occupation (cf. Baines & Cunningham, 2015; Milward & Provan, 2000).
Having to hand over certain tasks and responsibilities to volunteers is one
thing; losing one’s paid job because volunteers completely take over is
another. Various social care practitioners—particularly those with lower edu-
cation levels—fear that proto-professional volunteers will eventually replace
them. A practitioner in a day care activity center says,
When more is expected from volunteers, they will first have to be educated in
how to deal with clients. . . . You will have to hire trained volunteers. But then,
we [paid workers] will be sent home, that’s what I think.
In sum, our findings show that actors who fear that they will lose an appreci-
ated part of their (paid or unpaid) job and who perceive professionalization as
“from above” rather than “from within” resist the strategy they are subjected
to. Volunteer coordinators fear to lose their autonomy, volunteers their dis-
tinct volunteer identity, and social care practitioners their interaction with
clients, or their jobs altogether. In the next section, we discuss what this inter-
nal resistance means for the dynamics between the strategies and how the
strategies depend on their mutual success.
Interdependencies Between the Strategies
We observed three ways in which different types of actors influence one
another’s strategies.
Disregarded volunteer coordinators. We found cases in which social care prac-
titioners disregard or reject the professional expertise of volunteer coordina-
tors. Some social care practitioners decide to hire volunteers themselves and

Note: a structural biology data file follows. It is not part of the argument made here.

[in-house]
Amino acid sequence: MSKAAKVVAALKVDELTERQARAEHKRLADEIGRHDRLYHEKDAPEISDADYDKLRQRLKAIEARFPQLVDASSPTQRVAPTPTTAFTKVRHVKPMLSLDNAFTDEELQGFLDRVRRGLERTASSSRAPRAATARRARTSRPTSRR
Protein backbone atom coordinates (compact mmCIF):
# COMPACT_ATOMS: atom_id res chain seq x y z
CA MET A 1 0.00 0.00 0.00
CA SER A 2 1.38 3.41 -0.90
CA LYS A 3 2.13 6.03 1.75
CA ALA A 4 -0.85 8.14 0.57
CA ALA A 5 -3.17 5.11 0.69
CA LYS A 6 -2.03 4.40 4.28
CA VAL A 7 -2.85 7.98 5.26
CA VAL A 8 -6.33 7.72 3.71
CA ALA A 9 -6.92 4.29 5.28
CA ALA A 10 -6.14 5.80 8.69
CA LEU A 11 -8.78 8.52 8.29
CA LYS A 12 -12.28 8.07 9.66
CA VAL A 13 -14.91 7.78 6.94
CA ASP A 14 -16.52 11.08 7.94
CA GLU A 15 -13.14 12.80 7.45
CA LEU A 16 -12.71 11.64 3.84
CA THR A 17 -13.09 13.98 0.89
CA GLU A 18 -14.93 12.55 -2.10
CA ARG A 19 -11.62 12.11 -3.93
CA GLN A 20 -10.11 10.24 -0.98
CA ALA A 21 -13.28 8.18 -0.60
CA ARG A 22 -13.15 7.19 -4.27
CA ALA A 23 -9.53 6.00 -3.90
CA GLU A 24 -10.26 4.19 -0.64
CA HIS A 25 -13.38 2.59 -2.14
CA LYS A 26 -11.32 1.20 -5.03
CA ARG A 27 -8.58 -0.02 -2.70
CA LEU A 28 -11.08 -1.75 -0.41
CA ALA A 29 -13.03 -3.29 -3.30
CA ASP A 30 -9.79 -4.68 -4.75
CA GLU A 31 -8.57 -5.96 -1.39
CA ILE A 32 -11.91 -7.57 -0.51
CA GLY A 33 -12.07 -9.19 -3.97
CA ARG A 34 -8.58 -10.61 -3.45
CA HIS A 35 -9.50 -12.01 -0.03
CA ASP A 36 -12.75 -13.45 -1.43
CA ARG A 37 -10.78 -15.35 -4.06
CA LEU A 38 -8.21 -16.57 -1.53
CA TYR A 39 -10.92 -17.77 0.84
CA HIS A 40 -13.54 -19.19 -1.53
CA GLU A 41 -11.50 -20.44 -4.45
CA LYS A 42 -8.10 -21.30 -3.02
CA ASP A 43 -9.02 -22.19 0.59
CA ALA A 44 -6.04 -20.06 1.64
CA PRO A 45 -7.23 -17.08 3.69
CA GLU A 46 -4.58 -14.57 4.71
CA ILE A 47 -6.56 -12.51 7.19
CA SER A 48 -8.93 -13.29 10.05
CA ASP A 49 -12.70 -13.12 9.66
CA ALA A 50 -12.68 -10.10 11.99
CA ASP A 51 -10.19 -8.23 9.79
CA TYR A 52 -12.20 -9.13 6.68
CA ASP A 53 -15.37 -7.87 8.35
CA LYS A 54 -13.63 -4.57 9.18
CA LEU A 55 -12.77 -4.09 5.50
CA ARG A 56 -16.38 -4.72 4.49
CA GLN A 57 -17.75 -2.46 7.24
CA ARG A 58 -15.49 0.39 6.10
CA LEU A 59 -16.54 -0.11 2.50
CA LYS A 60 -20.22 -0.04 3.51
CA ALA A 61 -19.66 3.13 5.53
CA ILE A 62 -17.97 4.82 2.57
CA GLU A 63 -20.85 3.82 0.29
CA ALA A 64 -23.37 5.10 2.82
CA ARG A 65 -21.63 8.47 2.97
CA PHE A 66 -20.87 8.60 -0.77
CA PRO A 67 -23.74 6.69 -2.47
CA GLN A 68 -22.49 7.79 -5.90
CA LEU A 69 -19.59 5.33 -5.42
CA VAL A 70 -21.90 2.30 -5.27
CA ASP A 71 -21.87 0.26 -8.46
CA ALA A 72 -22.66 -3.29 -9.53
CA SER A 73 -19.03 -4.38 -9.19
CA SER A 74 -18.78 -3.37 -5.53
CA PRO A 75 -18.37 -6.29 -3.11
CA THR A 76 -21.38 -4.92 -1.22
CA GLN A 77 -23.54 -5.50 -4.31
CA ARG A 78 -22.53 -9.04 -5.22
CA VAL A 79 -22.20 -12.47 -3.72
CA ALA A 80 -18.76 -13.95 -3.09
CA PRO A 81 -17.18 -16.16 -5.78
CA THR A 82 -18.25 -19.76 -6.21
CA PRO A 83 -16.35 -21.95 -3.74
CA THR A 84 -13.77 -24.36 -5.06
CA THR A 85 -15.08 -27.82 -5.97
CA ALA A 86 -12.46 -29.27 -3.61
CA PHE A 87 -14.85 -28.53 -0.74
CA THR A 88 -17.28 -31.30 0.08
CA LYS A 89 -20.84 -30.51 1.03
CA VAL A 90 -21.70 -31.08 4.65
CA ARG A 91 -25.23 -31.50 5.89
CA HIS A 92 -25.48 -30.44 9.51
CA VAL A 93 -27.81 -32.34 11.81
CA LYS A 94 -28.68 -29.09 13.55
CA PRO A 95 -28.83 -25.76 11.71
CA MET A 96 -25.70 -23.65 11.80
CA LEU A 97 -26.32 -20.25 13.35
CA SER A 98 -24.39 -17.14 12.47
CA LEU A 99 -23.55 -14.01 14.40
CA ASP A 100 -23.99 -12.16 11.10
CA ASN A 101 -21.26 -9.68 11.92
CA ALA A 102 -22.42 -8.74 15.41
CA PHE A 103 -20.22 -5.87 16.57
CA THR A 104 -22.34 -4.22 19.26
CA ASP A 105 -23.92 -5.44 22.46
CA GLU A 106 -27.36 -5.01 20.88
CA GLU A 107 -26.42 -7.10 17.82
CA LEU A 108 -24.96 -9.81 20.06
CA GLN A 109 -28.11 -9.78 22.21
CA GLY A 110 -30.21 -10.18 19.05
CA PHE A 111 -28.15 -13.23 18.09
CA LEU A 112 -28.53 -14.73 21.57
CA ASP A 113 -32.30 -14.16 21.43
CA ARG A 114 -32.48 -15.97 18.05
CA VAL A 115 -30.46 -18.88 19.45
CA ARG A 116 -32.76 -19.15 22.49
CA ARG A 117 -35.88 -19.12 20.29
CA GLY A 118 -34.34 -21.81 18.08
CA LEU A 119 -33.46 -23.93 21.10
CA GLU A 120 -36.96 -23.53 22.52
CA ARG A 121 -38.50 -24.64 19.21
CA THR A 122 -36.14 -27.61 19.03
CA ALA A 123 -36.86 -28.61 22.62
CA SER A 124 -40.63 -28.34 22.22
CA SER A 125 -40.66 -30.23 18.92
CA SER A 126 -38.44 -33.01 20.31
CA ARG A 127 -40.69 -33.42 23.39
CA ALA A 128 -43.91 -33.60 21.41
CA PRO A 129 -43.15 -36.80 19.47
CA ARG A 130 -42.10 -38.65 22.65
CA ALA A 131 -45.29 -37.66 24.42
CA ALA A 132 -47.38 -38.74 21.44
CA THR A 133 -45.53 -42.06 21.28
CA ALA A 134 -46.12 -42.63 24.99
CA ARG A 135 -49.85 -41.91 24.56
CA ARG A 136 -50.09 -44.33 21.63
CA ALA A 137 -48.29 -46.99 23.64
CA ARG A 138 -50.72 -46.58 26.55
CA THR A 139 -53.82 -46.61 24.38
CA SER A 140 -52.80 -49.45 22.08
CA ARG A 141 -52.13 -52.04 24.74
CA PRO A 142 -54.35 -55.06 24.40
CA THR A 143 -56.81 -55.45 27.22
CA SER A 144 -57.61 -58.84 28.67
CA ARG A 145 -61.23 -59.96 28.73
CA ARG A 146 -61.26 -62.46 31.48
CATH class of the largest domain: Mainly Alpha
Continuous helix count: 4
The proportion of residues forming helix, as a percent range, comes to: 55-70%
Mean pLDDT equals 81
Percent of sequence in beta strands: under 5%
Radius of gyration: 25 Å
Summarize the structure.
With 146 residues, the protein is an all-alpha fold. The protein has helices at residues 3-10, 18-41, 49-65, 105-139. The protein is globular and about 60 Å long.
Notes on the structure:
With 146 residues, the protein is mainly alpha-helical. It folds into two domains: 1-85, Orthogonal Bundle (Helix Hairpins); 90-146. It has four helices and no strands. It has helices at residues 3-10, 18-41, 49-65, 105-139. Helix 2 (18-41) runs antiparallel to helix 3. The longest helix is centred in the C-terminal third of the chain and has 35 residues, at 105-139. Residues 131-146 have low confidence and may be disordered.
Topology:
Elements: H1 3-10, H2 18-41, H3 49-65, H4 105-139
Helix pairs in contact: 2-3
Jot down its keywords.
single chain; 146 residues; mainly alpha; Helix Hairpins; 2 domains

by-pass the volunteer coordinator entirely:
Sometimes it turns out that a location for instance has four more volunteers, of
whom I think “never heard of,” and they have worked there for half a year. . . .
van Bochove and Oldenhof 19
Then I want to meet them, I want to know more about them, and they need to
get a contract, otherwise they won’t be insured or reimbursed. (Volunteer
coordinator, long-term care organization)
This shows that the “professional volunteer coordinator” is not (yet) taken for
granted by all social care practitioners, of whom some engage in workaround
behavior. This not only challenges the professional status of volunteer coor-
dinators (who claim to have distinct expertise in selecting suitable volun-
teers) but also the proto-professional status of volunteers, who are not
registered, do not receive training, and do not get a “contract” as long as the
volunteer coordinator does not know about their existence.
The continued presence of “unprofessional” volunteers. We also found cases in
which volunteer coordinators do not succeed in selecting (potentially) proto-
professional volunteers, leading to discontent among social care practitioners
who seek to advance their professional status by delegating certain tasks to
volunteers. Despite the dominant call for professional-like quality, many vol-
unteer coordinators find it difficult to refuse or “fire” a volunteer when he or
she proves “unprofessional”:
We have a voluntary treasurer, who doesn’t have the capacities for that type of
work. She is not able to do it by herself. . . . It really is a mess right now. She
was not there this morning because she felt ill. Her father came in and told me:
“The work is so important for her, she likes it so much; she feels she makes a
difference.” Then it is really difficult to tell him that you actually do not want